The volatality of Mercury
Reliable sources from the film industry clear the confusion surrounding the release of Karthik Subbaraj's Mercury
With the TFPC strike still going strong, the Tamil audiences are still not quite in the know over the release of Karthik Subbaraj’s Mercury, which was scheduled to hit the screens this Friday across the country. Acknowledging the strike, the makers even postponed the trailer release, but were still keen that the film get released globally as planned. The director later tweeted that the ‘Tamil version’ of the film would not be released in Tamil Nadu in deference to the strike, which complicated the issue even more given that it’s a silent film.
Clearing the air, the film’s producer Kaarthekeyen Santhanam says, “We support the TFPC strike. The release in Tamil Nadu has nothing to do with the different versions. For now, I can assure that the film will be released everywhere else except in Tamil Nadu, on the scheduled date: April 13.”
Mariappan, manager of Albert Cinemas, sees the film not releasing in the State as a sign of respect to the protest. “Even though it’s a silent film, considering that the entire industry is on strike, the producer has decided not to release the film in Tamil Nadu. Instead of creating more issues by having it released, the priority is to first get done with the strike. It’s been more than a month since the strike commenced and it’s a loss for the producers as well as the theatre owners, not to mention the daily-wage workers,” says Mariappan. However, he adds that having Mercury release on different dates in different regions isn’t healthy for the producers at all. “If the film is good, then, sure, that may increase the hype, but if it’s not that good, then it will surely affect the run here, when the film eventually gets released. The reviews too will be out soon. From a business perspective, it’s advisable to release the film everywhere simultaneously.”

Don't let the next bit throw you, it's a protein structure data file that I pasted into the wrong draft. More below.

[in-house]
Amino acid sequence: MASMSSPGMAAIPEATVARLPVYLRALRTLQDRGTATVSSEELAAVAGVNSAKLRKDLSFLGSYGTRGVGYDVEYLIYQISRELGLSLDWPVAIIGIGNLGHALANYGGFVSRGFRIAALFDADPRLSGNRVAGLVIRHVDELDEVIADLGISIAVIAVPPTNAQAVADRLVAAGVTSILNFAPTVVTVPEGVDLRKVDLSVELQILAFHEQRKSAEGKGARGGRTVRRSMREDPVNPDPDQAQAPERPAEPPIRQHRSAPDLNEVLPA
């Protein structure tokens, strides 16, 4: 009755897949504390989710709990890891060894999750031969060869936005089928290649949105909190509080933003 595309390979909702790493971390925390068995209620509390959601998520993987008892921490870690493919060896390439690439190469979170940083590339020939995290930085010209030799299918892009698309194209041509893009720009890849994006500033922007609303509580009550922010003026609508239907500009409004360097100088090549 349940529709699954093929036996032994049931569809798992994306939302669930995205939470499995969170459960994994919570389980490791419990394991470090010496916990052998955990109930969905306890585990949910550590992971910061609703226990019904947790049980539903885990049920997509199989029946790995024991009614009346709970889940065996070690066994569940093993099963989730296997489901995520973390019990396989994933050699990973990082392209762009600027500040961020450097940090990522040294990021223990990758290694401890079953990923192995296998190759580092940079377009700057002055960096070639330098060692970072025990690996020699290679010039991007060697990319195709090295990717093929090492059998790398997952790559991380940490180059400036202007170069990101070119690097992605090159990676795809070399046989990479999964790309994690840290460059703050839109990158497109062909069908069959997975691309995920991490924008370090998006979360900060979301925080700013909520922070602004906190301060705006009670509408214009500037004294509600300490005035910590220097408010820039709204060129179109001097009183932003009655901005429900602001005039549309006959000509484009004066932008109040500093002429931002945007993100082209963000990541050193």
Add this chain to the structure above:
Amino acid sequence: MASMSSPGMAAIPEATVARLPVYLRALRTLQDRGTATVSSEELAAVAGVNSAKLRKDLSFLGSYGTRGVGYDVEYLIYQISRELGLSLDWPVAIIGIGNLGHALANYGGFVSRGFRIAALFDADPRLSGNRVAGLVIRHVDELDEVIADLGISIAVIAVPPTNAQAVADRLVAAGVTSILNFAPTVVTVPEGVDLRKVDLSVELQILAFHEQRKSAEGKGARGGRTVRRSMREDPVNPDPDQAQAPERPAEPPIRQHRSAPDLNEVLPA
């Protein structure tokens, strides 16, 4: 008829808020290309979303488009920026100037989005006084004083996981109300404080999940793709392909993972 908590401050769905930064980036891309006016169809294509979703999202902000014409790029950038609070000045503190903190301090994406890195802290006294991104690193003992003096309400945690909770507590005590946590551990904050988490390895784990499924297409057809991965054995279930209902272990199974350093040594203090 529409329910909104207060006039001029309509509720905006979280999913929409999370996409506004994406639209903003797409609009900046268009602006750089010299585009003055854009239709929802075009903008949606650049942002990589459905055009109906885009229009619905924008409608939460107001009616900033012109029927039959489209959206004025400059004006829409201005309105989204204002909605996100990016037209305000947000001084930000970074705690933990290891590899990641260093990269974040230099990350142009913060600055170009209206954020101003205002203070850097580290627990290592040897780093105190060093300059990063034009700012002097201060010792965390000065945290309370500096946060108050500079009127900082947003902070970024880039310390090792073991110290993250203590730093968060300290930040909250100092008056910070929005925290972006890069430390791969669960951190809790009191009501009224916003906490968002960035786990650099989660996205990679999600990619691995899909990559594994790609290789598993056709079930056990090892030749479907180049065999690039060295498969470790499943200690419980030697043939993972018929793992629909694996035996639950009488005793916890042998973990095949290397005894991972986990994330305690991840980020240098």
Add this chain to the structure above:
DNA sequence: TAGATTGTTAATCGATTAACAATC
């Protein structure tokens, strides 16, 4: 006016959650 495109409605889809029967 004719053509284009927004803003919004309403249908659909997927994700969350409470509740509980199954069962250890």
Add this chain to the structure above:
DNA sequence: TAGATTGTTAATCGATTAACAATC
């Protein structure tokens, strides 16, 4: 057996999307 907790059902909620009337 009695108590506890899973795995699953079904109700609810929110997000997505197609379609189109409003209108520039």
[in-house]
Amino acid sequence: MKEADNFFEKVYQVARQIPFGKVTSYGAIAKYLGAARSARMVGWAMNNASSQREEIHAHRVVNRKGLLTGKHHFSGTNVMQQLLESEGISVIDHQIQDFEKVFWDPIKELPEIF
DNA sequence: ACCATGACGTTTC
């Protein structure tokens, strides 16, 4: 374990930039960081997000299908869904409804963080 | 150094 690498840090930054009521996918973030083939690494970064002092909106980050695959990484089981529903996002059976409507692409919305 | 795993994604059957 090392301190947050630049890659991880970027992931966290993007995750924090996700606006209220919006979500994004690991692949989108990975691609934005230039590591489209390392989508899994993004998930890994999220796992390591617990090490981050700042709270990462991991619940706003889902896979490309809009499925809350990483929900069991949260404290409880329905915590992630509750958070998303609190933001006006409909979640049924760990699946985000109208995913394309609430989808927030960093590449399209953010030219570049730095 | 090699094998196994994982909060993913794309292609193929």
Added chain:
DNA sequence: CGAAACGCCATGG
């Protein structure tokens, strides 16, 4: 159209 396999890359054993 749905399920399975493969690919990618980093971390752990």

Nikilesh Surya, the Executive Director of Rohini Cinemas, feels that the producers are left with no choice but to ride with the strike wave. “Initially, the producer announced that the film will get released in Tamil Nadu also on April 13. But suddenly, we are hearing nothing about the Tamil Nadu release. It’s very disappointing to have a single body arm-twisting everyone from carrying on business. The strike is causing great losses to everybody in the industry,” says Nikilesh, who believes that a film not releasing simultaneously in two regions can cause lots of issues. “More than reviews, piracy is a bigger concern. Even Hollywood films which used to get released one month after getting releasing abroad are now being released simultaneously. On account of piracy, reviews and digital media, the shelf life of films has come down. So, when it gets released later in Tamil Nadu, it won’t collect more than 20 per cent of what it would’ve collected had they stuck to the original release date.”
The film, starring Prabhudheva in the lead, will have its world premiere in The Indian Film Festival of Los Angeles tomorrow.